5 Types Of Cracks In Walls [What Homeowners Need To Know]

Some wall cracks don’t warrant significant concerns. But some wall fractures may require immediate attention. So what are the types of wall cracks? Also, what are the kinds of cracks that need prompt care? We researched for you about these matters, and here's what we found.

Five relatively common kinds of wall cracks exist, which are:

  1. Horizontal cracks
  2. Vertical cracks
  3. Spider web cracks
  4. Door and window cracks
  5. Stair-step cracks

Take note that each type of crack often verifies the presence of either foundation or structure problems. Keep reading as we talk about these fissures in greater detail. We’ll also discuss the ways on how to fix certain cracks.

homeowner pointing at cracked wall above entryway in a suburban home. 5 Types Of Cracks In Walls [What Homeowners Need To Know]

Should You Be Concerned About Cracks In Walls?

Walls cracks are generally always concerning regardless of their appearances. Large fissures need speedy and long-term solutions. But hairline cracks may not warrant the same level of concern. However, leaving these seemingly small gaps for another day can result in bigger problems.

cracks on concrete wall

What Are The Different Type Of Cracks?

Wall cracks are generally classified by their sizes and shapes. The location of these fissures may also indicate the seriousness (or lack thereof) of certain foundation or structural problem

Deep crack in old brick wall

Here are some of the types of cracks to know:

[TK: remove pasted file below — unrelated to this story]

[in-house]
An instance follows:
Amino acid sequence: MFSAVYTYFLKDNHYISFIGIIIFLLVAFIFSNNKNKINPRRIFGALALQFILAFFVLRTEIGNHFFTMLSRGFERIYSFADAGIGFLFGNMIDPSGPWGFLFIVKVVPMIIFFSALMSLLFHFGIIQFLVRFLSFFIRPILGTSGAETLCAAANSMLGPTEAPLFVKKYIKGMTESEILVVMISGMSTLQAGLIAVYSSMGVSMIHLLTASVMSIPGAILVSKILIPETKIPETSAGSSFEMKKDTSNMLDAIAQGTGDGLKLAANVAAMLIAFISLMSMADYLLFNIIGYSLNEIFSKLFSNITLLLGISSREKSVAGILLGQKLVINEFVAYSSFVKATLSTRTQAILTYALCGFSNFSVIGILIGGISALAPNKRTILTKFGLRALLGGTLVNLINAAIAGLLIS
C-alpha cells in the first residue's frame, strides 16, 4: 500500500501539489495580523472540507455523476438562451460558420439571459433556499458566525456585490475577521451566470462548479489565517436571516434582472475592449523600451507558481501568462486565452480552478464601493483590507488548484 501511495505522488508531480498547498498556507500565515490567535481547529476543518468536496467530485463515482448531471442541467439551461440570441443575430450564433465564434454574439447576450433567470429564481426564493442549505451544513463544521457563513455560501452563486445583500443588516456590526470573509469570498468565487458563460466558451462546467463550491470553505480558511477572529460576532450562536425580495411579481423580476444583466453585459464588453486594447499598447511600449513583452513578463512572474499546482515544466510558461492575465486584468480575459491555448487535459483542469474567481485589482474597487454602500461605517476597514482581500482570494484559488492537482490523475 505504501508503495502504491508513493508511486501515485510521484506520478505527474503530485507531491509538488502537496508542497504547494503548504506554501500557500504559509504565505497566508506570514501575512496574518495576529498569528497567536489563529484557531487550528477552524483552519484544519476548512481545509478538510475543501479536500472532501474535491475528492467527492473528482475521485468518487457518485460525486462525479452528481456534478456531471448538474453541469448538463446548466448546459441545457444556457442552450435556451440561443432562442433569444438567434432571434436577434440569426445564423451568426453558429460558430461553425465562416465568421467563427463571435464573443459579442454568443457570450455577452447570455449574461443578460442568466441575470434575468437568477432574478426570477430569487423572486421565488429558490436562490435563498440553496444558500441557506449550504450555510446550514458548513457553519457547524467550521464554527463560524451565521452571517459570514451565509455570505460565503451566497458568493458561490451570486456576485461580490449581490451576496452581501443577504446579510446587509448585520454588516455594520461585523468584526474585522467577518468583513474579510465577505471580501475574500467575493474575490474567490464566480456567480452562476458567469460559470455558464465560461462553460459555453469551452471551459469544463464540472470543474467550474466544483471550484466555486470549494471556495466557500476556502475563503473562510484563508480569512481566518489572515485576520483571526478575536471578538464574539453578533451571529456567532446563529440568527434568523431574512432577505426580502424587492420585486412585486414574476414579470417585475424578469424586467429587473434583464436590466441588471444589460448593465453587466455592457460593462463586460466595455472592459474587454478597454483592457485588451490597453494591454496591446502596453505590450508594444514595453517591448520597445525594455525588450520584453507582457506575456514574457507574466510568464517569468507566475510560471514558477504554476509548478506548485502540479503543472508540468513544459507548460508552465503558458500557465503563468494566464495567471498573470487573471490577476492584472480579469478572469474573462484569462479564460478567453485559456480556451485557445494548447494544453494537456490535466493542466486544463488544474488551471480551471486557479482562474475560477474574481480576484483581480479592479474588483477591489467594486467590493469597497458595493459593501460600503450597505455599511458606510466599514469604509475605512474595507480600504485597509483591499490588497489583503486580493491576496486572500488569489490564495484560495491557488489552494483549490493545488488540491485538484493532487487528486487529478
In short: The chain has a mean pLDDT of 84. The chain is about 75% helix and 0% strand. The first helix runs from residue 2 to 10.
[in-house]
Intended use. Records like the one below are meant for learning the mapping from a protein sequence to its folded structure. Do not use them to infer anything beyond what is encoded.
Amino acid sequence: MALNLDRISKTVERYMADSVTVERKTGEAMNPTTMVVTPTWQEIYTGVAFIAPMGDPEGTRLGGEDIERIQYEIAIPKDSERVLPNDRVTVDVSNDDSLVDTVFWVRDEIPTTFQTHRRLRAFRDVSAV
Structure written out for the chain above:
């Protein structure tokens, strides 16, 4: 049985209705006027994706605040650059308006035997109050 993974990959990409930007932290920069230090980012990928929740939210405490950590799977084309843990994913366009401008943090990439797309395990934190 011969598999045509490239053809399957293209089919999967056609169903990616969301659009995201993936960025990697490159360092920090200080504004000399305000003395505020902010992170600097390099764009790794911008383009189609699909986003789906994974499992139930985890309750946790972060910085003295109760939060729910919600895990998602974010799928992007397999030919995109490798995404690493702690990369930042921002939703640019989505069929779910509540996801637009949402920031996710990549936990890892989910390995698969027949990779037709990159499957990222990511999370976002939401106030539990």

1. Horizontal Cracks

Cracks that appear parallel to the ground often indicate foundation problems. These fractures generally indicate issues like poor soil and/or water damage. Immediate foundation repair is essential to repair and prevent these cracks from occurring.

Learn more about horizontal cracks by watching the video below:

2. Vertical Cracks

Like horizontal cracks, wall fissures with vertical orientations usually verify the existence of foundation issues. However, vertical cracks generally occur because of a foundation that's sagging, sinking, or settling. Changes in the soil near the foundation are typically the main cause of these problems.

Take note that vertical cracks don’t necessarily mean they form straight lines. These concerns may also appear at an angle of approximately 30 degrees.

3. Spider Web Cracks

As its name implies, spider web cracks have an appearance like the silky substance from those arachnids. These gaps also usually appear in drywall and appear because of thick joint compound applications.

4. Door and Window Cracks

Cracks in the walls near doors and windows are general signs of structural issues. These problems may come from faulty framing or water damage. In certain scenarios, the foundation may also cause cracks to appear near these entryways.